Jonathan Eisen, an evolutionary biologist at UC Davis, says that the preponderance of evidence, while not definitive, suggests that the virus came from nature, not a lab. “There’s no hint there that there’s something unnatural, that is, genetically engineered,” he says. But “there is some wiggle room” in the findings that admits the possibility that the virus was concocted in a lab via animal passage. “Passaging is hard to test for. Escape from a lab is hard to test for,” he says. “If [Wuhan researchers] collected something from the field and they were doing some experiments in the lab with it, and some person got infected and then it spread from there, that would be really hard to distinguish from it having spread in the field directly.”

Wuhan is in possession of a virus, RATG13, that is thought to be the most similar to SARS-CoV-2 of any known virus—the two share 96 percent of their genetic material. That four-percent gap would still be a formidable gap for animal-passage research, says Ralph Baric, a virologist at the University of North Carolina who collaborated with Shi Zheng-Li on the 2015 gain-of-function research. “You keep running into problems that just don’t make it likely,” he says. Wuhan would probably have had to start with a virus closer to SARS-CoV-2 than RATG13, which is within the realm of possibilities.

Is it more or less likely than the “animal passage” theory that researchers simply harvested COVID-19 in its final form when they were out on one of their missions collecting bat droppings for study? If I’m understanding “gain of function” correctly then the answer should be “less,” because a virus harvested directly from a bat isn’t necessarily (or even probably?) transmissible to humans. Animal passage is what can make it transmissible. So maybe they harvested something very similar to SARS-CoV-2 that wasn’t infectious, and then made it infectious, and then — whoops.

But as I say, it’s speculation. Interesting speculation, given other bits and pieces of data about the Wuhan lab:

The Ignatius and Owen pieces were both amplified by commentary from Richard Ebright, a biosecurity expert at Rutgers University’s Waksman Institute of Microbiology. Ebright said there was evidence that the Wuhan lab was operating at biosafety level 2 security, as opposed to the recommended biosafety level 4, and that the accidental infection of a laboratory worker could not be ruled out. He also told Ignatius about a video taken in December from the nearby Wuhan Center for Disease Control and Prevention, allegedly showing staff “collecting bat coronaviruses with inadequate [personal protective equipment] and unsafe operational practices.”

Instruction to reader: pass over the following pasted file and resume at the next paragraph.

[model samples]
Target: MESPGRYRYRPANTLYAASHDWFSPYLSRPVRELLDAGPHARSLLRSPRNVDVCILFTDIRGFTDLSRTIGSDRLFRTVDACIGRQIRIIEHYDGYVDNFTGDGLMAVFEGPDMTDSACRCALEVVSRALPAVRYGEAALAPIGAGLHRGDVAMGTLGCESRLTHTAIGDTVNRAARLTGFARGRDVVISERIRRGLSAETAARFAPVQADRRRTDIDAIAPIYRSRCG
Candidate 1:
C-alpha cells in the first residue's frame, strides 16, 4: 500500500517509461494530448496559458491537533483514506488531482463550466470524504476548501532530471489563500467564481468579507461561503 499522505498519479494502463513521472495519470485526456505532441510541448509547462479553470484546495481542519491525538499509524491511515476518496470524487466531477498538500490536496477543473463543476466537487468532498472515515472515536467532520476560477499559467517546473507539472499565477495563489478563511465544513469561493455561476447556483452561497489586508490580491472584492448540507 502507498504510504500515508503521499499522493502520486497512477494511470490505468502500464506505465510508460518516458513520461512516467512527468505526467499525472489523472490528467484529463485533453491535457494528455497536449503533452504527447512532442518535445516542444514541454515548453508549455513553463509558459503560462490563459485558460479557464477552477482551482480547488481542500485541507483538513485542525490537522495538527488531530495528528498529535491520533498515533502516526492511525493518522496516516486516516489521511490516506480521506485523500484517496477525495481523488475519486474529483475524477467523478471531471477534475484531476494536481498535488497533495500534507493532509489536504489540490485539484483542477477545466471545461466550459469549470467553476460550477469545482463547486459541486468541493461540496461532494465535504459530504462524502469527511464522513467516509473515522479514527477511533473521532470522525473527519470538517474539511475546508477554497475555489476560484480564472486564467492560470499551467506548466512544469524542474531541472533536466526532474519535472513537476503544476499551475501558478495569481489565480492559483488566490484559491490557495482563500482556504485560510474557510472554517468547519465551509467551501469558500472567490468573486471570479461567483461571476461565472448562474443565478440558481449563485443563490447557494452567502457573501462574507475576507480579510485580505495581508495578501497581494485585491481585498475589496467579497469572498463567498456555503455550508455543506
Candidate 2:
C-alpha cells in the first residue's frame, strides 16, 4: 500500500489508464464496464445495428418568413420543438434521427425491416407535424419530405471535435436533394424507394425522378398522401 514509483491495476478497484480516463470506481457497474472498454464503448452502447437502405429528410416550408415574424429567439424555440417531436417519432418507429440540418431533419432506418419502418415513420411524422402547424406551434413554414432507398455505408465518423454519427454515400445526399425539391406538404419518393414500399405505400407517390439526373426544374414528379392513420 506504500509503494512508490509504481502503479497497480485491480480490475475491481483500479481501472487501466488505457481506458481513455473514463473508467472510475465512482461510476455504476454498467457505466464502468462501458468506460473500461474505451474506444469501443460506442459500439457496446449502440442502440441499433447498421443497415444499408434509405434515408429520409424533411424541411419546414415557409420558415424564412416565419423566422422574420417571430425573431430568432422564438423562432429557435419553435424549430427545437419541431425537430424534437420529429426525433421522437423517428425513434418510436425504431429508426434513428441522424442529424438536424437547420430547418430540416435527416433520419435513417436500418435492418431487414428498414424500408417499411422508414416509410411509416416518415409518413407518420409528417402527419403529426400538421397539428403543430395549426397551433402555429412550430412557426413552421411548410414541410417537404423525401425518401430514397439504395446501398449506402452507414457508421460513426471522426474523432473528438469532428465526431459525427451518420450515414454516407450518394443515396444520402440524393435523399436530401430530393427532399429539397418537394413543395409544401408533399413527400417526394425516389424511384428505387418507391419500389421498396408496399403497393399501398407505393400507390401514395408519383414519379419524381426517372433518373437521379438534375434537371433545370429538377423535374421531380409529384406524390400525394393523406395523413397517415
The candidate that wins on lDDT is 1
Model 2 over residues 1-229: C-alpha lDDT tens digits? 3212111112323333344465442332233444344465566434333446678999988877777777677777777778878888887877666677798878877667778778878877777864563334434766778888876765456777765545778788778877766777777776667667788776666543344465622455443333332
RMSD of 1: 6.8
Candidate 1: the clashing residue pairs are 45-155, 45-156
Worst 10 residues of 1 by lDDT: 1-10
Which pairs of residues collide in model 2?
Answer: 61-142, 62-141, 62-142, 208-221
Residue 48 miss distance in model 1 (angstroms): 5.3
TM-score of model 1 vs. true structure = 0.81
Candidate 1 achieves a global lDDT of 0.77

The State Department warned about safety issues at the Wuhan lab in 2018. Jim Geraghty also wrote a provocative piece earlier this month pointing to circumstantial evidence of a cover-up involving lab personnel based on rumors circulating on China’s Internet. It’s impossible to say for sure why the Chinese government might attempt to suppress information about someone — suppressing information is the party’s raison d’etre — but it doesn’t hurt the theory that something happened at the lab that the CCP would rather the rest of the world not know about.

How will we ever know, though? If there’s no way to say with confidence through scientific analysis of the virus’s genome that it emerged via lab-induced “animal passage” then our only hope is Beijing coming clean voluntarily. Thirty years later, they still haven’t come clean about Tiananmen Square. They’re not going to come clean about a global biological Chernobyl.

To boost your spirits after reading this post about bat sh*t and mass death, read this NYT story about Oxford researchers racing ahead towards a vaccine. By chance, Oxford had already conducted trials last year that showed that a human vaccine for coronaviruses would be harmless. Now they can skip to the part where they test their vaccine against COVID-19 on actual people. They’ve already tested it on six rhesus monkeys, all of whom were vaccinated and then injected with “heavy quantities of the virus.” A month later, all six were just fine.